GG: Yes, because everybody wants to know how this [driver] is going to perform for them, how does it stack up with what they currently play?

MC: Exactly. The performance is everything. Every episode, there’s someone else hitting it and giving their opinion. For example, one of our judges, Rick Shiels, is a PGA Professional and golf equipment expert and he knows exactly what to look for.

GG: Besides Rick, Jeremy Roenick is a new judge and, of course, Tim Clarke is back. What does Jeremy bring to the table and what more does Tim bring to the table for Season 2?

Driver vs Driver Season 2 Judges

MC: Jeremy is so fun to work with. He’s a tough, honest, a Simon Cowell-type judge. He’s very brutally honest but really entertaining. He represents the consumer for us. He’s a single-digit handicap and plays golf all the time, all over the world. He’s our judge with tough love. Rick’s more like the nice judge. I think they make a nice pairing.

Tim Clarke, of course, is amazing. He’s the president Wilson Golf and he knows we wants. After going through Season 1, I think he’s much more honed in on exactly what they’re looking for and what will work and what won’t work. He’s been able to toughen up a bit too in Season 2. He’s able to eliminate guys with a little more authority.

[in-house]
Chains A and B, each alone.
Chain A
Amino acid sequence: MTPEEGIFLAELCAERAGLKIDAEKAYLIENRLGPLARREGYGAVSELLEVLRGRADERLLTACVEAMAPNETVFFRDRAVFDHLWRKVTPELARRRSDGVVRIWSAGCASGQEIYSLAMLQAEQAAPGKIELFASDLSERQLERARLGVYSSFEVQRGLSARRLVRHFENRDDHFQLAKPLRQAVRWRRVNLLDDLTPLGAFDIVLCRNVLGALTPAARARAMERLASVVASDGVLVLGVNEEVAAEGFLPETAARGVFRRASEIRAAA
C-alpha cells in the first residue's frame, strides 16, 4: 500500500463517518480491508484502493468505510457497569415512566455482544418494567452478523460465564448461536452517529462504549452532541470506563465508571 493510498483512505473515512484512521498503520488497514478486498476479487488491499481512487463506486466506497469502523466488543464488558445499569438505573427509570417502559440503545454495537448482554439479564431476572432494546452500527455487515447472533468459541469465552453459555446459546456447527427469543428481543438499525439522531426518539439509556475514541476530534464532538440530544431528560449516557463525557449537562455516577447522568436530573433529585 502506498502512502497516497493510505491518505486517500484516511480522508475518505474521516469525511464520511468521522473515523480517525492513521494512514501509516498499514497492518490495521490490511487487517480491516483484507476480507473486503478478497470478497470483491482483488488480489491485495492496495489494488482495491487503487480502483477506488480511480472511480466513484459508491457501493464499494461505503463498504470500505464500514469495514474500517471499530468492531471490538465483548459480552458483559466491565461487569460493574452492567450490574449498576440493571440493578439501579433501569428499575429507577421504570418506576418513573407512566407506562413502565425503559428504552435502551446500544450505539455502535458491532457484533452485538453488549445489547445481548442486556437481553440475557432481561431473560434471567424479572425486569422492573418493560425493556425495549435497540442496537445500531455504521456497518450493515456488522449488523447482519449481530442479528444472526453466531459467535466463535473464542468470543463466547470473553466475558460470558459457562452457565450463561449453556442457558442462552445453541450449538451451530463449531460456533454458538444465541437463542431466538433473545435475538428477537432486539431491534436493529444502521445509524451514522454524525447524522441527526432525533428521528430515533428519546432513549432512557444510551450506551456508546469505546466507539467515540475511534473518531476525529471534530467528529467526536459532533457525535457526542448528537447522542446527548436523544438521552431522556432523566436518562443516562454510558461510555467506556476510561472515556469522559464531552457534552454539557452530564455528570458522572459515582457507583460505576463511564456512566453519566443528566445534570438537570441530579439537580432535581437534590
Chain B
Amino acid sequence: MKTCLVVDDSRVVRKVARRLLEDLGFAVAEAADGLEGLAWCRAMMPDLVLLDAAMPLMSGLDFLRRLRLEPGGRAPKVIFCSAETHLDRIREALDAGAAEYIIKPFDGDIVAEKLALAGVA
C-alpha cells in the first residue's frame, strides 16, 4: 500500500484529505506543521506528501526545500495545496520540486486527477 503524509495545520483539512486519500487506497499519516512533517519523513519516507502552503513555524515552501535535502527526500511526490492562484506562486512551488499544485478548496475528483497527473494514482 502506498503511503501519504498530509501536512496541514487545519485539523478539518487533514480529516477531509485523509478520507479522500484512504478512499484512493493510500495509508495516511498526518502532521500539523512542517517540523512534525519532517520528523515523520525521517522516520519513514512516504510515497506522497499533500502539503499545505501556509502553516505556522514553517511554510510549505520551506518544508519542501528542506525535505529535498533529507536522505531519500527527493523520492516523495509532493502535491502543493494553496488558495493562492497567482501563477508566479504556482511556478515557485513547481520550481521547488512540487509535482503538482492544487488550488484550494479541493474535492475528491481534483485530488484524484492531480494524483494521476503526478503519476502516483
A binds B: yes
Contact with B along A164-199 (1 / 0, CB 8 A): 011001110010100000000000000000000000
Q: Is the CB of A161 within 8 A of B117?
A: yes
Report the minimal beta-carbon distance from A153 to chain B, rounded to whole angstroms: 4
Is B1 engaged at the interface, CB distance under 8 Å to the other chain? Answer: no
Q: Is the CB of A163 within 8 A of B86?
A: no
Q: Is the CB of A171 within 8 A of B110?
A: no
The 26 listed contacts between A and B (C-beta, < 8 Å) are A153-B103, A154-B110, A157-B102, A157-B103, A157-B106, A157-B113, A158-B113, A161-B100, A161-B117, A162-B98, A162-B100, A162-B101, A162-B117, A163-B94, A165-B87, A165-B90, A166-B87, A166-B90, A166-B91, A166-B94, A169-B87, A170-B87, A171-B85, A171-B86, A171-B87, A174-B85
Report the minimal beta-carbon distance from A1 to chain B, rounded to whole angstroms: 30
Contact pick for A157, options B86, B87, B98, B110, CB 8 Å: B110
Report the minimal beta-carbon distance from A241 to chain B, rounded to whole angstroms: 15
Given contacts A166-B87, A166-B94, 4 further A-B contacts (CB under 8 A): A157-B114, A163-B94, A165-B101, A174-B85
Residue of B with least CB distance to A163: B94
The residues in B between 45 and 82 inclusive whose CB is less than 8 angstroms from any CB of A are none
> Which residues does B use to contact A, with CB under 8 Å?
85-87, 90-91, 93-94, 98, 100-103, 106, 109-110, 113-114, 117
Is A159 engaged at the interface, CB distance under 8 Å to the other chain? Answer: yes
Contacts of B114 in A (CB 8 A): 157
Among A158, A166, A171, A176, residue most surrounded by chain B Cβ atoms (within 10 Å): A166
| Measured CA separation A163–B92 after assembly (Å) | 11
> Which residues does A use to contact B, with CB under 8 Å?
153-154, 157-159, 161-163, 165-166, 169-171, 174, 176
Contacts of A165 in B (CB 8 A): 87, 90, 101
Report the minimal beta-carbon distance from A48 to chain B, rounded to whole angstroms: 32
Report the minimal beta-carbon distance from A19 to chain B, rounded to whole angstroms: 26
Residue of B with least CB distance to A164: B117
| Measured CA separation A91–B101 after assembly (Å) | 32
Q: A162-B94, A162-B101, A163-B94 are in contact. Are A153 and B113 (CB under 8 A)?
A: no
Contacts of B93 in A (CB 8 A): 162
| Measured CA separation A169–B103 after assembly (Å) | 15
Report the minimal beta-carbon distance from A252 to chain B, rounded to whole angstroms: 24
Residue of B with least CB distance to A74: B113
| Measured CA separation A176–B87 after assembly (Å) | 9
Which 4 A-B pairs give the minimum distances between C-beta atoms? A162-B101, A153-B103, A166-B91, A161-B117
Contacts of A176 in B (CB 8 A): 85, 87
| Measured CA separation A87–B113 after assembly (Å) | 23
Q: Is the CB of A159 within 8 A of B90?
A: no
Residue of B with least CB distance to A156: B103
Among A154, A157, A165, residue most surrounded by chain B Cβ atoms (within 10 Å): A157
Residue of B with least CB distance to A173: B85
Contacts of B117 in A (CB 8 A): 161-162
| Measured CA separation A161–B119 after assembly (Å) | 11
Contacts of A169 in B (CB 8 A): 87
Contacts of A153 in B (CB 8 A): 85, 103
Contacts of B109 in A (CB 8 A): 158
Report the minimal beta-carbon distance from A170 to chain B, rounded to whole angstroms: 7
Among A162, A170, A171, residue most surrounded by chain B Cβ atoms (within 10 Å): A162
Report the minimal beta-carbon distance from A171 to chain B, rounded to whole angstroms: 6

It’s a really cool mix of judges.

GG: Can you talk about some of your favorite parts of Season Two so far?

MC: I loved the PGA Merchandise Show! That was really cool to get to meet people and have them hit the clubs. I think my favorite part was going out to the American Century Championship in Lake Tahoe. Seeing professional athletes, NFL coaches, and celebrities hit these clubs, they’d tell us that they like the sound or didn’t like the sound, this one performed well, this one didn’t, or this one’s too shiny on the top. That was my favorite part, going out to Lake Tahoe and just having people that are really ingrained in golf clubs hit the clubs. It helped us to really narrow down what we think is going to be an incredible product.

GG: Did you have any favorite submissions this year, sort of like the ‘Wilson Whistle’ from Season 1?

MC: I would say that was my favorite. There’s a lot less of that in Season 2, though. People knew what to expect with their submissions and they knew that none of that was actually going to get them anywhere.

GG: That wraps up all the questions we had, Melanie. Thank you for taking the time to chat with us. We’re looking forward to watching Season 2 of Driver vs Driver!

MC: Thank you, guys. Have a great day!


Driver vs Driver Season 2 begins airing on the Golf Channel on Tuesday, October 2nd, at 9pm EST. For the complete schedule of the show, head HERE.